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Tips to Stop Slow Play in Golf

By: John Flood | Wed 14 Nov 2012 | Comments ()

Following on from our previous editorial features on the issue of slow play in amateur golf below are some tips that we can all think about to ensure we don't get held up nor hold anyone else up out on the golf course.

We've all heard the saying:

'Keep up with the group in front not in front of the group behind'

simply, slow play is caused by a general lack of awareness of what’s happening on the course and ones responsibility to other players. Good common sense is all that is required but lots of people forget this on a golf course.

The following points are something we should all think about when out on the course, obviously this may not suit all situations notably competitive games but for social play these tips to help on the path to eradicting slow play.

  1. Adopt ready golf – the honour is not always necessary in most games – only really meaningful in matchplay. Therefore, if someone’s ready to play and it’s your honour and you’re not, invite them to play their shot.
  2. Mark you card after you’ve played your tee shot or while someone else is playing their tee shot on the next hole - at no other time mark your card on the green or before playing tee shot if no one is playing.
  3. Be conscious of your place on the course and keeping up with play.
  4. Don’t chat approaching your ball when you could be working out club selection , distance. etc. In general be ready to play your shot when it’s your turn to play.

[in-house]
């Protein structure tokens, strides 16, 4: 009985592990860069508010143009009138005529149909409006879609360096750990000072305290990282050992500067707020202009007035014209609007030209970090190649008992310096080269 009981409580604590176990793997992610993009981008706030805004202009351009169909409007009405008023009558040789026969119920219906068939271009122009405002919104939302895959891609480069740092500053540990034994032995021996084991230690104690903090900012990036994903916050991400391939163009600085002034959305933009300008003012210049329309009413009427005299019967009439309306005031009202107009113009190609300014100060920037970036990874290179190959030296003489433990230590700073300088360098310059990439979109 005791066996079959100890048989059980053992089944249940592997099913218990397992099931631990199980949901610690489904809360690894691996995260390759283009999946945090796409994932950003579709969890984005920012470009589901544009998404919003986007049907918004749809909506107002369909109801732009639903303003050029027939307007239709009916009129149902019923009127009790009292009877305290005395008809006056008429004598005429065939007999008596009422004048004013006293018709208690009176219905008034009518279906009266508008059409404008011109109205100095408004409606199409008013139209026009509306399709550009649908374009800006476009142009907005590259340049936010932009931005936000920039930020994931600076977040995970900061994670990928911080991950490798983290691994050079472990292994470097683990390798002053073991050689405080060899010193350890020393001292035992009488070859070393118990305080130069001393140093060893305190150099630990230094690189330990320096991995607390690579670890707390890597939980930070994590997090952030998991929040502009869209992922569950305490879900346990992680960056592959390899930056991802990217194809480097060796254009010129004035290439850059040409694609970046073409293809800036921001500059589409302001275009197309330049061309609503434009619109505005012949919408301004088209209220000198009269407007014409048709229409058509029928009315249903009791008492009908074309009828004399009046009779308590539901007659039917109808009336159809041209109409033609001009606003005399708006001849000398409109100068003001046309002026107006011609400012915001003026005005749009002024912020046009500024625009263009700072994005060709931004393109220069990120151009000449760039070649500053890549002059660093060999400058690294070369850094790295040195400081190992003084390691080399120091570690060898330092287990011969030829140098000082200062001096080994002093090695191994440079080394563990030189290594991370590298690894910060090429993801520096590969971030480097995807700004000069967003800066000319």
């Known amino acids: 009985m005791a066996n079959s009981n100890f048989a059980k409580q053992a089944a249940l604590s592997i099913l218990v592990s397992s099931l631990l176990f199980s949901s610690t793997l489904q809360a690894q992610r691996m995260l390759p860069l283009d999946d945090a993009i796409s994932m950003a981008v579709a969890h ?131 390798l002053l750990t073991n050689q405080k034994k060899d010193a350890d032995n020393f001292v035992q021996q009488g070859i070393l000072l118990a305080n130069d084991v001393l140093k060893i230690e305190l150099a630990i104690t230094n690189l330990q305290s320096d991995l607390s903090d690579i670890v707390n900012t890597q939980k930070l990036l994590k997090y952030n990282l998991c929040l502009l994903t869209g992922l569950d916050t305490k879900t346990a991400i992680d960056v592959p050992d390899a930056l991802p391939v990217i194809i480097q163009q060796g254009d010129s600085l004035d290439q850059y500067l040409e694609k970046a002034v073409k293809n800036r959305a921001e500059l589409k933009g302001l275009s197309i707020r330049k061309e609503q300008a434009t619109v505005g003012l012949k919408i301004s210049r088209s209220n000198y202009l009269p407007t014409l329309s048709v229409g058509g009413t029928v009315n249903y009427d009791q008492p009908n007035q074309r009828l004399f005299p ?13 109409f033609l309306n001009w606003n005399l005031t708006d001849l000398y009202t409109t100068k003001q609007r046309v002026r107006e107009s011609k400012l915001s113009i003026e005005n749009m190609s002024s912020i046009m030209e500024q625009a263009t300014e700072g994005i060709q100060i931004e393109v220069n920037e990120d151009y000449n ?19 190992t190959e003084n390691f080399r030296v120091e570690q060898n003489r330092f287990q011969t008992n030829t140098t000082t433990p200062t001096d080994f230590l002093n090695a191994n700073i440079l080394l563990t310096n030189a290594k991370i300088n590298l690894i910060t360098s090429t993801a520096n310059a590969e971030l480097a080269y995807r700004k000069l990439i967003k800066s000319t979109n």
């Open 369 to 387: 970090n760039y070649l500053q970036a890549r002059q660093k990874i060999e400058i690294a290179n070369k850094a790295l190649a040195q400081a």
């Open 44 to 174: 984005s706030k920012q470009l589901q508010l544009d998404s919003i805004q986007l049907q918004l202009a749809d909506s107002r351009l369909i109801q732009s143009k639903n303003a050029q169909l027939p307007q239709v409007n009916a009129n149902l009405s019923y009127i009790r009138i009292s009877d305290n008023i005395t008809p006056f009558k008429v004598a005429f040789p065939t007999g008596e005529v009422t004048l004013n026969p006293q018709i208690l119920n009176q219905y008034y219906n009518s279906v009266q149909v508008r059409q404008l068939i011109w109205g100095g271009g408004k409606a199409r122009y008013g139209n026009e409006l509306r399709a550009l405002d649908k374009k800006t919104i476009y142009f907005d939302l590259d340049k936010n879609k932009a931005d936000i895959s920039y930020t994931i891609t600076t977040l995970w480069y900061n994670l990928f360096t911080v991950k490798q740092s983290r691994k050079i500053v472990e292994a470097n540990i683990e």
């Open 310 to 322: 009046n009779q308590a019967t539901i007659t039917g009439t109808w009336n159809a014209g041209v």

5. Walk briskly from the green and between shots.
  6. Keep a tally of your score at all time – don’t start to count the shots when asked by the marker.
  7. If you have a pre shot routine longer than 15 seconds you should review it – it will probably benefit your game as well.
  8. Always leave bags and loose clubs at the exit route to next tee. On a new course when walking towards the green check the direction of the next tee.
  9. Check from time to time if your group is falling behind or if you holding anyone up.
  10. If your ball is nearest to the hole and someone has just played out of a bunker – offer to rake it for them so they can take their shot - think “team” not indivudual.
  11. If you’re first to hole out then pick up the flagstick and be ready to replace it when last putt is made.
  12. If in a fourball and 2 balls are lost in different areas split into two pairs and search for both balls at same time.
  13. If possible watch each players ball and try and get a marker on where it landed.
  14. Start to read you putt when you’re approaching the green or when other people are putting, not when it’s your turn to play.

Remember if you’re not doing the above things then you’re depriving other members of your group and indeed the whole course of a fair share of time if they’re trying to keep up. 

Finally, golf is supposed to be fun and enjoyable and not spent moaning about the time to play or being held up and if you feel under pressure from a group behind let them through.





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